Price US $100

Native Tenmile 2017 - 2016 Review by A Better Ski

I love my Native sungalsses, so when I heard that they were going to be launching a goggle line for next season (16/17), I was quite excited. We got our hands on the Native Tenmile and had a chance to put them to the test in a variety of different conditions. The Tenmile performed quite well, and definitely leaves us just as excited about the goggles as we have been with their sunglasses over the years.

Native TenMile Ski Goggle Video Review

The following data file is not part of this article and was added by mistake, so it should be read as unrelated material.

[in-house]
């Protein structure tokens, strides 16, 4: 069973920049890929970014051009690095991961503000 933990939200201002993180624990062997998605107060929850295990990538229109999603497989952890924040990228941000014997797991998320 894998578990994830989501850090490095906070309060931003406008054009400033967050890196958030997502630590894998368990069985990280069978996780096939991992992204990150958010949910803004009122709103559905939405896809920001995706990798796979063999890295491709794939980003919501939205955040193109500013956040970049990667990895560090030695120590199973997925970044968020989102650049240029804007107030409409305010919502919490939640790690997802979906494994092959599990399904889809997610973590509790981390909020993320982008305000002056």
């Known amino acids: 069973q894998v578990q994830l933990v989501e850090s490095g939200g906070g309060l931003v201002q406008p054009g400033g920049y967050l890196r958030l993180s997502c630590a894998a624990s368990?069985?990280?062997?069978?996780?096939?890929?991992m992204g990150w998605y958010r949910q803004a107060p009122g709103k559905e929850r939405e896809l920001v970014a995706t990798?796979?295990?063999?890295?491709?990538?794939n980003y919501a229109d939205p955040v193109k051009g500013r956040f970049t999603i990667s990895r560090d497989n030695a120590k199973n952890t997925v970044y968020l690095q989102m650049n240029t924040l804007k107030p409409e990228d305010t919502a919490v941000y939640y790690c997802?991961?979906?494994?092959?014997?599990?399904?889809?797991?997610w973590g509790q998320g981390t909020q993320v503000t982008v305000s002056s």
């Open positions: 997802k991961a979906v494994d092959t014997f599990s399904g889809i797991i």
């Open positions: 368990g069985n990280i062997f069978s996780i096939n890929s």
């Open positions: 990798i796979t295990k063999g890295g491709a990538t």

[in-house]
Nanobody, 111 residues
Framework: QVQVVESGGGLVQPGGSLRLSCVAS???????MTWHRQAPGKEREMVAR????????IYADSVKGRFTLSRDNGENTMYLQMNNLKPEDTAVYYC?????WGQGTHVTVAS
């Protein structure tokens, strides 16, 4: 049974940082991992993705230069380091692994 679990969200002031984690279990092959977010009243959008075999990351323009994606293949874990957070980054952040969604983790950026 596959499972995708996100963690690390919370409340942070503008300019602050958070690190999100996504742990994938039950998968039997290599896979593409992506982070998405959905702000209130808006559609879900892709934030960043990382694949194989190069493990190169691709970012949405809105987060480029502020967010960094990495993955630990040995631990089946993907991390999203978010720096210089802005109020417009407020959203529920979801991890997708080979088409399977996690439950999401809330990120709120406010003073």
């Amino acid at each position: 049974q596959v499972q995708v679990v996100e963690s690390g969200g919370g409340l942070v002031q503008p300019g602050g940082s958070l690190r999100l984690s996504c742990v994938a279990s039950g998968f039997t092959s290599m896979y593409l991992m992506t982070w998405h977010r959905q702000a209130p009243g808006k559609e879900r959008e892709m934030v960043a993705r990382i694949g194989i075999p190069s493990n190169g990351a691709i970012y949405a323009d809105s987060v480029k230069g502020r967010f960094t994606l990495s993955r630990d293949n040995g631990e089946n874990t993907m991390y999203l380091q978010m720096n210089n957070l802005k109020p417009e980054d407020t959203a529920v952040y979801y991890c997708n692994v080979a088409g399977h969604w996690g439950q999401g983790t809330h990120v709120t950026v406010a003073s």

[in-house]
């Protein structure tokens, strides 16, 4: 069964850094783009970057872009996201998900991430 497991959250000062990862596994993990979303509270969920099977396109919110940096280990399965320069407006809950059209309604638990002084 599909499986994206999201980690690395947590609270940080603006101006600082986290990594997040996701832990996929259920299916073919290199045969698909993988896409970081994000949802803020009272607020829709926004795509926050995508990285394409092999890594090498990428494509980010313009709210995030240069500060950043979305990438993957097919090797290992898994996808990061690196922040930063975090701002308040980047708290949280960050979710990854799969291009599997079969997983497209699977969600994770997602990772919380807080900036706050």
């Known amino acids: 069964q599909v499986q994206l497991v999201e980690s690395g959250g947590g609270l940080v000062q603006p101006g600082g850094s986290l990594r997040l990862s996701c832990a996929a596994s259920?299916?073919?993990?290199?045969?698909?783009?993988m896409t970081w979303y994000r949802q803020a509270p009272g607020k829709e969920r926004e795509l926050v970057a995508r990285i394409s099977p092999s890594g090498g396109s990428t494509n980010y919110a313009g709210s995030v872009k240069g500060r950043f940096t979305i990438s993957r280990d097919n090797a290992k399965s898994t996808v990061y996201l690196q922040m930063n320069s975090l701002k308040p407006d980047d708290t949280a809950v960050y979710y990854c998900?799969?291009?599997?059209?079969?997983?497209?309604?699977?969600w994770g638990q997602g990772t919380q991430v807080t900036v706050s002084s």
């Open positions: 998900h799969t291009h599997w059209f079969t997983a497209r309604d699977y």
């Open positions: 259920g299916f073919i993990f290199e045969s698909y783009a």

Optics: I had the Chance to test out the Native Tenmile with a Polarized Rose w/ Silver lens (also called the SnowTuned Polar Silver Mirror). When I first put on the goggle the surrounding terrain takes on a slightly rose hue, but after spending a decent amount of time with the goggles, I have really begun to like the look I get with this lens. The clarity of the lens is just as good as some of our favorites, including the Bolle Emperor and Smith I/O goggles with photochromic lenses. The contrast is high, and colors (although slightly tinted) are vibrant. When doing a side by side comparison with my favorite goggle (the Bolle Emperor with Modulator Citrus Gun lens) in moderately bright light, it’s really hard to pick a favorite. Now of course the Modulator is photochromic and gives us a much larger VLT range, but in moderately bright light the Native Tenmile Snow Tuned + Silver Mirror lens was just about as clear, vibrant, and capable. Testing it alongside the Smith I/O with a photochromic lens, the I/O has the more natural looking color, but I do prefer the slightly tinted look of the Native lens as it makes the colors pop a bit more. I’d say that the Native Polar Silver Mirror blows away most of the other medium VLT lenses I’ve used.  I’d really love to do a side by side comparison of the Native react lens (not available in this frame) and Bolle Modulator, but so far I’d say the Native optics are on par with the best lenses in the industry.